I love the debate and the enthusiasm being shown to find an answer to the responsive images conundrum. People are trying to get shit done and I like that attitude because we need a solution to this problem. But the question is whether we want to introduce something in HTML that we will probably regret in the future.
To be clear, there currently are a couple of different proposals popping up at WHATWG and the W3C, of which the two most popular syntaxes are:
<img src="email@example.com" alt="" set="firstname.lastname@example.org 600w 200h 1x, email@example.com 600w 200h 2x, face-icon.png 200w 200h">
<picture alt=""> <source src="mobile.jpg" /> <source src="large.jpg" media="min-width: 600px" /> <source src="large_1.5x-res.jpg" media="min-width: 600px, min-device-pixel-ratio: 1.5" /> <img src="mobile.jpg" /> </picture>
Two Problems, not One
The way I see it, having read through the proposals and a lot of (but not all) comments, there are two very different problems being mixed up: 1) available bandwidth and 2) viewport size. Both problems should be tackled with different solutions.
Problem One: Bandwidth
In my opinion, the bandwidth problem is not something that we should try to solve in a markup language. It is something that should be handled by the client/image format itself. Progressive JPG files actually already kind of solve that problem in a very good manner—although we could benefit from better implementation. A browser (or whatever client you use to fetch data) is much more fit to decide whether it should download the high-res (complete) version of an image, or stop downloading the image after n passes/amount of data has been transmitted. That has absolutely nothing to do with viewport size. And seriously, who wants to save low-, medium- and high-res versions of every picture they have on their server? Imagine what a clusterfuck of image files that becomes when you also cater to viewport size . . .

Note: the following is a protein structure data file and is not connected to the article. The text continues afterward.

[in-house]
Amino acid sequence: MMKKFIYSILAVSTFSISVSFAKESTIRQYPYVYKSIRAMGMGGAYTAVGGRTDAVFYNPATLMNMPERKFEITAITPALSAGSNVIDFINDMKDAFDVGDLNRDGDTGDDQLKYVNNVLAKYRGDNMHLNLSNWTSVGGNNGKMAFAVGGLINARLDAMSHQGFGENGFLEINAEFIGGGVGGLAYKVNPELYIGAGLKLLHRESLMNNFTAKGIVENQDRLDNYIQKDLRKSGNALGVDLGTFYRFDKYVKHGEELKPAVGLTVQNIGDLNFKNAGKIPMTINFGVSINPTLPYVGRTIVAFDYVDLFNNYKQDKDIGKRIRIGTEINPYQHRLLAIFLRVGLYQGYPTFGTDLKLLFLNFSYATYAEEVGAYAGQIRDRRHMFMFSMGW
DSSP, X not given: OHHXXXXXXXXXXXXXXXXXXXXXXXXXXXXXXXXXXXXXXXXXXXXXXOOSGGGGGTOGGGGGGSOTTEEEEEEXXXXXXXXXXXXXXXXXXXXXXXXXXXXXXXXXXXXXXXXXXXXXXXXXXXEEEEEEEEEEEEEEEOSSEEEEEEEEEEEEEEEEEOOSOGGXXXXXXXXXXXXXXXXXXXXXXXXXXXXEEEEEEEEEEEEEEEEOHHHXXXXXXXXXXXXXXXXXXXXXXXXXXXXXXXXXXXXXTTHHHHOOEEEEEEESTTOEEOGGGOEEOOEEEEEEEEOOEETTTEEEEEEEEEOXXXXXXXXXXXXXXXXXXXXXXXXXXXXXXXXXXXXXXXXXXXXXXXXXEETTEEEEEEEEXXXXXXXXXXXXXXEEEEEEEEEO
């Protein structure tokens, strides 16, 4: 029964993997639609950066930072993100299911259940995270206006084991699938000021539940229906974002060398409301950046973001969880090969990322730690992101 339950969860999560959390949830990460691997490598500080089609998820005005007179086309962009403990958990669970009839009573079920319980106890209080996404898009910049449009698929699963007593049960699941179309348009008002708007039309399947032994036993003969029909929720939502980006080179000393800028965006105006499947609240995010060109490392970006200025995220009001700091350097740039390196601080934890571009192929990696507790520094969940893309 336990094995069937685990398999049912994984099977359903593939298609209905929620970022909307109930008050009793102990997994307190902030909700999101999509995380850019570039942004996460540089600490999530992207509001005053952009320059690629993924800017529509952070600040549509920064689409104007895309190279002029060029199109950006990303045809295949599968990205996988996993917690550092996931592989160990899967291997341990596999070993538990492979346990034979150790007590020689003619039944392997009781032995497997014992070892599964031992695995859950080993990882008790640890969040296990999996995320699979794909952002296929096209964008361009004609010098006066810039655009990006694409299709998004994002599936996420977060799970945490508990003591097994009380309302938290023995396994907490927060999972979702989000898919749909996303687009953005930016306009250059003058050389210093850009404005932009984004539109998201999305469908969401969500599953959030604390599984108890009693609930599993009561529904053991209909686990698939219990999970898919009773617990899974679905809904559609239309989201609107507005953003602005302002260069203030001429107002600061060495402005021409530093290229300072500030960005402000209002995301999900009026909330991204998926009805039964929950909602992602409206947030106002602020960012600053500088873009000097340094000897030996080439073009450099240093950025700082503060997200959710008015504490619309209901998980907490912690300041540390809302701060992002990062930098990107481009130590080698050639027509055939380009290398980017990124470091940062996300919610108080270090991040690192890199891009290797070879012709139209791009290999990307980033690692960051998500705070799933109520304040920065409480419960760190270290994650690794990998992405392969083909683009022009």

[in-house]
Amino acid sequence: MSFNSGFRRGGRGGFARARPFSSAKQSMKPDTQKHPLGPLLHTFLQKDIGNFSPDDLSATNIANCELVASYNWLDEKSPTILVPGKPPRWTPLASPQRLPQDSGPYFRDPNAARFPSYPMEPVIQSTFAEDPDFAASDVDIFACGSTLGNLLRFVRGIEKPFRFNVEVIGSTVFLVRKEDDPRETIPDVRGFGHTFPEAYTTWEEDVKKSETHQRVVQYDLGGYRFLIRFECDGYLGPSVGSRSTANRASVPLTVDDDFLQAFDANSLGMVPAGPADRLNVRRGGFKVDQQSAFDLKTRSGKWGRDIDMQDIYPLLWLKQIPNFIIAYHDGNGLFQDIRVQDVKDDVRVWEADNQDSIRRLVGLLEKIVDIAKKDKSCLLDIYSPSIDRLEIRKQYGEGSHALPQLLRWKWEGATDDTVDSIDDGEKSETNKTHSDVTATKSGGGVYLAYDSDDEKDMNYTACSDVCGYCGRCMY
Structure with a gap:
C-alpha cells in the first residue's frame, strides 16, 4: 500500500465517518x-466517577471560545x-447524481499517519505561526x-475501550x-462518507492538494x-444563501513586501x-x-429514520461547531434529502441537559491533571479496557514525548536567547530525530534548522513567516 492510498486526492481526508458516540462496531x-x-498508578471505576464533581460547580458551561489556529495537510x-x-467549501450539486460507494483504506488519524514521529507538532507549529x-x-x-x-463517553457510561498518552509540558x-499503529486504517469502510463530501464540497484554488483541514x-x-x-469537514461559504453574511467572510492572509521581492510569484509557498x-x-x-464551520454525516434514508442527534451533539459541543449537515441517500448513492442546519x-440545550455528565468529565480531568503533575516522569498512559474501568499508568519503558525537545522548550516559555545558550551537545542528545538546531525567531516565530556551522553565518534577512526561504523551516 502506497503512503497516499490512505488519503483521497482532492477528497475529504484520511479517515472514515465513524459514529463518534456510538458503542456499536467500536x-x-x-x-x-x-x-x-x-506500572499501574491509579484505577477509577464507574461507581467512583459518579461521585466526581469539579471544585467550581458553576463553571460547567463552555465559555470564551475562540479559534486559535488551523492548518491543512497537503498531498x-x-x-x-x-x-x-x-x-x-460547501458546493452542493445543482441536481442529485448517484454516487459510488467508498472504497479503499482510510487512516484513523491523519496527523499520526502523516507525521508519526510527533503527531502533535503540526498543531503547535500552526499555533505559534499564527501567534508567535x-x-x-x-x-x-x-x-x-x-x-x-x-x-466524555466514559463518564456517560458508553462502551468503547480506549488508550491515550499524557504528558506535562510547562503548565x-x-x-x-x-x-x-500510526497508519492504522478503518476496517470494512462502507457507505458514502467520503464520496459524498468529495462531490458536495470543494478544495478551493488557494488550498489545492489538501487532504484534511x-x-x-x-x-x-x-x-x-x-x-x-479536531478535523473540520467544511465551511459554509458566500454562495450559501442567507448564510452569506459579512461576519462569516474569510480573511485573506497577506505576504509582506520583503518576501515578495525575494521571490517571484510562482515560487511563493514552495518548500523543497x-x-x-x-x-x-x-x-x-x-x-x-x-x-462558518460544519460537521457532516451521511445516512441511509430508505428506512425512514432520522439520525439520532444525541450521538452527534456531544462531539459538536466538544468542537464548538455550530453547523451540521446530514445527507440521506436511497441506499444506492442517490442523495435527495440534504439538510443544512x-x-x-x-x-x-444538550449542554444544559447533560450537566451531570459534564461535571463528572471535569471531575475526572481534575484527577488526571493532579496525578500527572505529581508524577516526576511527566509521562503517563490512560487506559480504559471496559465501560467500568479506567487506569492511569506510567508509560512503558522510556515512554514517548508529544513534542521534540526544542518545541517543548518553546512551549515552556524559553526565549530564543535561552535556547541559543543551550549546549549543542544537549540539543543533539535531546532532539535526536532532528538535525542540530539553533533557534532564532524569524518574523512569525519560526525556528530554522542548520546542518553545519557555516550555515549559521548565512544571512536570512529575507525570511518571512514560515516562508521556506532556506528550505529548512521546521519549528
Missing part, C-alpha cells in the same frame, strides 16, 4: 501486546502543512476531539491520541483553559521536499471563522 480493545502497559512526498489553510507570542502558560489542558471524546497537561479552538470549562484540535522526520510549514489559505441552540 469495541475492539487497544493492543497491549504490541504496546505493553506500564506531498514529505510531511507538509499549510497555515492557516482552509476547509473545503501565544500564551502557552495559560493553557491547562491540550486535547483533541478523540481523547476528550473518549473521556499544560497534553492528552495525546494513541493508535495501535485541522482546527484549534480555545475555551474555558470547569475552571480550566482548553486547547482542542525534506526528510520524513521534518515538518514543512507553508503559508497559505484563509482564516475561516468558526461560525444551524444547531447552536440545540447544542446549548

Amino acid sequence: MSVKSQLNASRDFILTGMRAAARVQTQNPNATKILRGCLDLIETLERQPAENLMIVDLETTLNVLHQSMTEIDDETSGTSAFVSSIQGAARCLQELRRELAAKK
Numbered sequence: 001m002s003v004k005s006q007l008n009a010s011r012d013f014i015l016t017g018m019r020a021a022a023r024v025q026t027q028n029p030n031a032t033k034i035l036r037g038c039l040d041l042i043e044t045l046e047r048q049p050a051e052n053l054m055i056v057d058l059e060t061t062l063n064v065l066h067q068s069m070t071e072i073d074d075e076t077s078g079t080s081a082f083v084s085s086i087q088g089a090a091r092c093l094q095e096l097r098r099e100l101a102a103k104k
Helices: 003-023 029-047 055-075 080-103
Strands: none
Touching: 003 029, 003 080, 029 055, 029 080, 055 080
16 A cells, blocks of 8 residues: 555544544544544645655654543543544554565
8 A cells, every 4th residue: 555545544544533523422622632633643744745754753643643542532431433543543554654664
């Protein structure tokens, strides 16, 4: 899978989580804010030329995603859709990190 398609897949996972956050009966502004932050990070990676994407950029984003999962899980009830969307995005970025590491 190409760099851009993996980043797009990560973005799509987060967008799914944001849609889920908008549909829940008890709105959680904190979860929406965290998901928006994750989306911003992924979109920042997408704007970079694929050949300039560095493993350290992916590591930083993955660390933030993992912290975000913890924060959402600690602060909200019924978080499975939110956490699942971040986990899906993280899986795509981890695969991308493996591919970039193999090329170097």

Problem Two: Viewport Size
Concerning the viewport size, metadata is much more fit to tackle the problem. It could, for instance, make a lot of sense to use a different crop of the same image on a small screen and use the full crop on a big screen. But again, I am not sure whether that kind of descriptive info really belongs in HTML.
Essentially, what you’d want is a separate meta-file (xml, maybe?) that describes the different crop points of the image, much like SVG describes beziers–but unlike SVG in that it doesn’t describe itself. That way, image editing software can be used to define the crop points and generate and maintain that file, separate from the HTML document. And also that way, you can do some awesome backwards-compatible stuff like:
Of course, we’d have to think a bit harder about the syntax, possible use cases and things like optimization. But I just really, strongly believe that this does not belong in HTML itself.
This is partly taken from a discussion at a W3 Community Group about responsive images
I absolutely agree, if only because redesigns or rethinking of the responsive model should not affect the html at all. If you introduce another breakpoint, you shouldn’t be going back to your html to add a list of extra images for that new breakpoint.
The XML idea is nice, but since responsive is all (or mostly) about visualization I believe the solution belongs in the css.